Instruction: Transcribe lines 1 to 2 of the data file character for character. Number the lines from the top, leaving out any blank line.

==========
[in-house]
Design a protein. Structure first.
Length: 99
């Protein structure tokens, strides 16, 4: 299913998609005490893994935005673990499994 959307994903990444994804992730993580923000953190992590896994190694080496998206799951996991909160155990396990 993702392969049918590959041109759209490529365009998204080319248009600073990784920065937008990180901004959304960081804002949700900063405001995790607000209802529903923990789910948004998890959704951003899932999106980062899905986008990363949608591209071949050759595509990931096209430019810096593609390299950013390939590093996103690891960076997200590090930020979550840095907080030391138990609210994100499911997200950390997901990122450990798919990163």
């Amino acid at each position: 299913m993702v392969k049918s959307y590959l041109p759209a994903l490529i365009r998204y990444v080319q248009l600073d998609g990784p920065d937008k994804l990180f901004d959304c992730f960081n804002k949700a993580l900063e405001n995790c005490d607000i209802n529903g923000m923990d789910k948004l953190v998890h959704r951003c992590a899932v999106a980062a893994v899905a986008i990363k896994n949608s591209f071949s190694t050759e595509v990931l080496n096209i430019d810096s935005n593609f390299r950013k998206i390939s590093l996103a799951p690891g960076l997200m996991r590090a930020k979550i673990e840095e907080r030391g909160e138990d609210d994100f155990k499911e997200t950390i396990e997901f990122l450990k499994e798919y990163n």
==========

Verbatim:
[in-house]
Design a protein. Structure first.